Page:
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I've got an enum defined like this

enum Tile { Empty, White, Black };

But let's suppose when written to the console,

Console.Write(Tile.White);

I want it to print

W

Or any other value, I could use a switch for this, but is there a nicer way? Perhaps using attributes?


Here's what I have in mind. Writing something like this,

[AttributeUsage(AttributeTargets.Field)]
public class ReprAttribute : Attribute
{
    public string Representation;
    public ReprAttribute(string representation)
    {
        this.Representation = representation;
    }
    public override string ToString()
    {
        return this.Representation;
    }
}

enum Tile { 
    [Repr(".")]
    Empty, 
    [Repr("W")]
    White, 
    [Repr("B")]
    Black 
};

// ...
Console.Write(Tile.Empty)

Would print

.

Of course, that override string ToString() didn't do what I was hoping it would do (it still outputs "Empty" instead.


This article summarizes it pretty well: http://blogs.msdn.com/b/abhinaba/archive/2005/10/20/c-enum-and-overriding-tostring-on-it.aspx

share|improve this question
    
Then maybe you should be more specific in the future, we can't read minds. –  Arkain Sep 2 '10 at 8:22
    
@Arkain: And I can't predict how you'll interpret me either. What's clear in your mind isn't always clear in someone else's. Have you ever tried talking to a client? –  Mark Sep 2 '10 at 8:29
    
Instead of getting snide, specify your requirements as clear as day ;) Make no room for interpretation. –  Kyle Rozendo Sep 2 '10 at 8:48
    
@Kyle: I know, I know. My point is, that I thought it was clear, but it wasn't. 'Least I amended it when I realized the mistake. –  Mark Sep 2 '10 at 8:52
    
Sounds like you are trying to stuff too much into a simple enum...and trying to override the behaviour of a well defined method. You'd be much better off using an array/collection of objects. –  Adrian Sep 2 '10 at 8:59

7 Answers 7

up vote 35 down vote accepted

You could use attributes :

using System.ComponentModel;

public enum Tile
{
    [Description("E")]
    Empty,

    [Description("W")]
    White,

    [Description("B")]
    Black
}

And an helper method :

public static class ReflectionHelpers
{
    public static string GetCustomDescription(object objEnum)
    {
        var fi = objEnum.GetType().GetField(objEnum.ToString());
        var attributes = (DescriptionAttribute[])fi.GetCustomAttributes(typeof(DescriptionAttribute), false);
        return (attributes.Length > 0) ? attributes[0].Description : objEnum.ToString();
    }

    public static string Description(this Enum value)
    {
        return GetCustomDescription(value);
    }
}

Usage :

Console.Write(Tile.Description());
share|improve this answer
    
That's close to what I had in mind... but I was hoping I could drop the .Description() bit, and it would just call whatever converter/to string method when I try to print the tile directly. Basically, overriding the ToString() method with a value it gets from the attribute instead. –  Mark Sep 2 '10 at 8:20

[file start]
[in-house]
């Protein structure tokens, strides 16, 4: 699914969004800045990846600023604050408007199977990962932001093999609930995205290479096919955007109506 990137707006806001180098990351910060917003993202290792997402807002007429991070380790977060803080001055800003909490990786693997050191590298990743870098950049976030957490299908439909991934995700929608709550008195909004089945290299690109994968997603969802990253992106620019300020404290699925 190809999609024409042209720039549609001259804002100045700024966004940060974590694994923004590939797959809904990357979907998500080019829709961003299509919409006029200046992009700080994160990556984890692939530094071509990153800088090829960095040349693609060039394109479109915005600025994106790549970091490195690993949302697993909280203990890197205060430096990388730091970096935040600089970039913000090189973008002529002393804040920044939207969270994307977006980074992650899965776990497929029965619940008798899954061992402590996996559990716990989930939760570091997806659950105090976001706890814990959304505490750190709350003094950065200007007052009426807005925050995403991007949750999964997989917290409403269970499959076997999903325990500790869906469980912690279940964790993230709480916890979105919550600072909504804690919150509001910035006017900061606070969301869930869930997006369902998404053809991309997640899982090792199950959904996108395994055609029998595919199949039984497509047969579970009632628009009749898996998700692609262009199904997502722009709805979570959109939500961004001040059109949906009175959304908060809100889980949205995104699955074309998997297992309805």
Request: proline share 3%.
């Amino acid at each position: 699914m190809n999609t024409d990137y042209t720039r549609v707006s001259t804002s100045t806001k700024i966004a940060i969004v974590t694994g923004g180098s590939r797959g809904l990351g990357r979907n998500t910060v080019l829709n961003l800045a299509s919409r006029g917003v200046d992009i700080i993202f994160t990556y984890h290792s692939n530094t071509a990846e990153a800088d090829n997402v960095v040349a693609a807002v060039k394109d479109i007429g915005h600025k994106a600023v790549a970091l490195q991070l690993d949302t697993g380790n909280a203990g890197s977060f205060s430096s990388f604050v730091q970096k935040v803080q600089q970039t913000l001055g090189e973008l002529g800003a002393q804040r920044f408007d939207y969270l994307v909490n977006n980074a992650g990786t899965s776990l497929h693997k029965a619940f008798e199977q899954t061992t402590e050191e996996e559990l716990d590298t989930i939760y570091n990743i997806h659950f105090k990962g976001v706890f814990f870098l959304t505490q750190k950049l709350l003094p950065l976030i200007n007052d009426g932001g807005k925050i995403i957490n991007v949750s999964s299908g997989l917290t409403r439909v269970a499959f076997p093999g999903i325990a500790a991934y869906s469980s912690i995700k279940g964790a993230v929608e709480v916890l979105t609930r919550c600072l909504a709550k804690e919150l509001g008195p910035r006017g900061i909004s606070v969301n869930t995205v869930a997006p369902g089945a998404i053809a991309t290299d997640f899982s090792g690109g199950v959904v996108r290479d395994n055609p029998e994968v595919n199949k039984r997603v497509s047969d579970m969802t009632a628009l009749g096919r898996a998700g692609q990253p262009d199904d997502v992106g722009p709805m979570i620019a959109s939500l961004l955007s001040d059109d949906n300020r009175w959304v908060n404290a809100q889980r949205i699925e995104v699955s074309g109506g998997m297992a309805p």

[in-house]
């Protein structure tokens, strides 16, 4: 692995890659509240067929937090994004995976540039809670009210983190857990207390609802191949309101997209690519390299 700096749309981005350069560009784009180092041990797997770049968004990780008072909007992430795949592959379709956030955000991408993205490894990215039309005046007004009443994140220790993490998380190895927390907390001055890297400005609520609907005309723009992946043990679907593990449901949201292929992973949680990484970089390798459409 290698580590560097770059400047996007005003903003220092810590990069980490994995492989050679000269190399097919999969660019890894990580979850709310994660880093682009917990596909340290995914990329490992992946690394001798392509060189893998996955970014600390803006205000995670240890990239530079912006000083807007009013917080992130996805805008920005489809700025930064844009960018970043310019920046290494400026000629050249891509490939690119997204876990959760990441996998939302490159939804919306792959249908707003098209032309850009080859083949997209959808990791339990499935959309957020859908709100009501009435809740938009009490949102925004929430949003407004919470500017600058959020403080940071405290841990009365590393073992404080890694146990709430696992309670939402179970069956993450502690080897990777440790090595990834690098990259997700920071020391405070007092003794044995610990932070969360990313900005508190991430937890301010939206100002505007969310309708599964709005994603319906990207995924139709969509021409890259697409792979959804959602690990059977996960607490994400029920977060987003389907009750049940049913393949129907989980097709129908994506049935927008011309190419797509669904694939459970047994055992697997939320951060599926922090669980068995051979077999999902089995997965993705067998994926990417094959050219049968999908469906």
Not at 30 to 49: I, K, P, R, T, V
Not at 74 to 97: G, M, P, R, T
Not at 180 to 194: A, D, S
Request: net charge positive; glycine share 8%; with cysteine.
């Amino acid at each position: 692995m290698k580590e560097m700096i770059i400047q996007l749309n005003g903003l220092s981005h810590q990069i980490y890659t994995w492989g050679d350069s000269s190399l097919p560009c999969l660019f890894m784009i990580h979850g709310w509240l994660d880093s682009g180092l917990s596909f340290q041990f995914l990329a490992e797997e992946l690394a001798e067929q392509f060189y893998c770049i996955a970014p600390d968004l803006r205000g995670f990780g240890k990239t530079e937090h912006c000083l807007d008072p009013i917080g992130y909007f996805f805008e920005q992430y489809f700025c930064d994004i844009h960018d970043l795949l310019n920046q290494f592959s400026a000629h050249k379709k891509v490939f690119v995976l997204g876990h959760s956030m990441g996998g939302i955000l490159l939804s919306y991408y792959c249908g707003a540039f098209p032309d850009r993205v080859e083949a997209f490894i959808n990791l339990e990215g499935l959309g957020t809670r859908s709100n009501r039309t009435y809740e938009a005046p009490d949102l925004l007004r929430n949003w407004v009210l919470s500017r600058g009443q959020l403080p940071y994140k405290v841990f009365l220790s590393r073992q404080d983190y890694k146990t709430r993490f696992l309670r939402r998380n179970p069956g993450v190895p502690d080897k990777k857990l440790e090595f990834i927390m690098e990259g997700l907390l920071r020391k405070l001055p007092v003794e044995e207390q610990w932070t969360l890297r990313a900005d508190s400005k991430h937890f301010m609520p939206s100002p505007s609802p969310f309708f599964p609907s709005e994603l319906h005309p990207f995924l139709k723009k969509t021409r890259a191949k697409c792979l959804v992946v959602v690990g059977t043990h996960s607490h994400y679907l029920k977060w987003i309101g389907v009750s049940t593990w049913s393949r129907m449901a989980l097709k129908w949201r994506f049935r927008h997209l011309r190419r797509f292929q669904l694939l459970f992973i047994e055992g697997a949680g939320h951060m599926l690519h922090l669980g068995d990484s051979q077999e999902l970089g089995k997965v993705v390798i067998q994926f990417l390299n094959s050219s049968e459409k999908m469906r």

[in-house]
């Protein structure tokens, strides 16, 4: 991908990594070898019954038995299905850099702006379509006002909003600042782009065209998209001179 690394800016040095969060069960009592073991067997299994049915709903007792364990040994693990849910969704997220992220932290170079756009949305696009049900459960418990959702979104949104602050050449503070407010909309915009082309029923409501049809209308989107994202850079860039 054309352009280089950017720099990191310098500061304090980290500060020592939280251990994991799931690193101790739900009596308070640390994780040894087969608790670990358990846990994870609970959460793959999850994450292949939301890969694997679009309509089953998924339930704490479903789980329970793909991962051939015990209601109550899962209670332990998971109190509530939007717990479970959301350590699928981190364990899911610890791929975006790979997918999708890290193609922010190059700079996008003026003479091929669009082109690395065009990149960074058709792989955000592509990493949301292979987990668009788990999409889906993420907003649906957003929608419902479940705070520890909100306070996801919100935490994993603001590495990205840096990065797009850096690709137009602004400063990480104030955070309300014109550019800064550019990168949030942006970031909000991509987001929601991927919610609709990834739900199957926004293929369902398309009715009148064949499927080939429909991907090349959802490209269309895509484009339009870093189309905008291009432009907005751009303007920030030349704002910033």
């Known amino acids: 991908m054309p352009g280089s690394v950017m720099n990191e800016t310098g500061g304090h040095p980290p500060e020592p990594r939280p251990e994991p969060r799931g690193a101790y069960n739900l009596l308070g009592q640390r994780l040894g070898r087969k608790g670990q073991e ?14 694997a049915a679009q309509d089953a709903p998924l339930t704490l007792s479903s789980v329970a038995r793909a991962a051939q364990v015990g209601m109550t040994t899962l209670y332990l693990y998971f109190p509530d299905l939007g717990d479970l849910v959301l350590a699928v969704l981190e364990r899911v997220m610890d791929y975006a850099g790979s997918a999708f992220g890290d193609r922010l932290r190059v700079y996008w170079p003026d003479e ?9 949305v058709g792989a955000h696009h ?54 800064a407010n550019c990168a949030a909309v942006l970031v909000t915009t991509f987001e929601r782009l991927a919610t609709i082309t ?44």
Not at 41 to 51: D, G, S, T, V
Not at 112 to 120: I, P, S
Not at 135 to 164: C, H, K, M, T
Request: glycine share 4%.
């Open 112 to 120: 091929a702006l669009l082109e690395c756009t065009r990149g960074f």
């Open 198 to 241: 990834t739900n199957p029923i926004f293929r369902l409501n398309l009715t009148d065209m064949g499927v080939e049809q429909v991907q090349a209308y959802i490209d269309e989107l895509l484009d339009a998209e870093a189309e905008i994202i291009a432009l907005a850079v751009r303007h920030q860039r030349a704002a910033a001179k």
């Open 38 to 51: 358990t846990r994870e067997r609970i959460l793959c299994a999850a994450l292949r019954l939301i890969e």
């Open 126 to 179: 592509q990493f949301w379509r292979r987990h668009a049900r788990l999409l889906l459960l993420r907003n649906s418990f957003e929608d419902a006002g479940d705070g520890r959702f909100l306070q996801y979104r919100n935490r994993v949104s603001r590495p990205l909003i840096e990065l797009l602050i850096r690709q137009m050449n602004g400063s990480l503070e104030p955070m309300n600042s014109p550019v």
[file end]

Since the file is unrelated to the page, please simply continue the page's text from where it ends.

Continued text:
I'll give you the check for being closest to what I was after; it seems you can't do it without explicitly calling a conversion method. –  Mark Sep 2 '10 at 17:28

The naive non-attribute way:

public enum Tile {
    White = 'W',
    Black = 'B'
} 
//...
System.Diagnostics.Debug.WriteLine(string.Format("{0} - {1}", Tile.White.ToString(), (char)Tile.White));
//Prints out:
//White - W
share|improve this answer

You can use the ToString() method:

Tile t = Tile.White;
Console.WriteLine(t.ToString()); // prints "White"
Console.WriteLine(t.ToString().SubString(0, 1)); // prints "W"
share|improve this answer
Enum.GetName(enumobject)

This will get the enum as string.

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You could use a combination of Enum.GetName and Substring.

Something along the lines of:

private string GetShortName(Tile t)
{
    return Enum.GetName(typeof(Tile), t).Substring(0, 1);
}

...

Console.WriteLine(GetShortName(Tile.White));
share|improve this answer

You could try the following:

private string GetFirstEnumLetter(Tile tile)
{
    if (tile.ToString().Length > 0)
    {
        return tile.ToString().Substring(0, 1);
    }

    return string.Empty;
}

And then convert it every time you want by calling:

Console.Write(GetFirstEnumLetter(Tile.White));

Hope that helps.

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In Java, you'd do this (wrote this before noticing this is a C# question, sorry! But it might be useful to someone...):

public enum Tile {

    Empty ( "." ), White ( "W" ), Black ( "B" ) ;

    private String abbr;

        //Note this is private
    private Tile ( String abbr ) {

        this.abbr = abbr;
    }

    public String getAbbr () {

        return abbr;
    }

        //The following is only necessary if you need to get an enum type for an abbreviation
    private static final Map<String, Tile> lookup = new HashMap<String, Tile>();

    static {
        for ( Tile t : EnumSet.allOf( Tile.class ) )
            lookup.put( t.getAbbr(), t );
    }

    public static Tile get ( String abbr ) {

        return lookup.get( abbr );
    }
}

public class TestTile {

public static void main ( String[] args ) {

    System.out.println(Tile.Black.getAbbr());
    System.out.println(Tile.White.getAbbr());
    System.out.println(Tile.Empty.getAbbr());

    System.out.println(Tile.get( "W" ));

}

}

Output:

B

W

.

White

This gives you 2-way translation into and from an enum.

You can't just print Tile.White and expect it to print something else, so you do need to call Tile.White.getAbbr(). Just printing Tile.White will call toString() on the enum, which will print the name. I guess you could override toString() if you really wanted:

public String toString(){
    return getAbbr();
}
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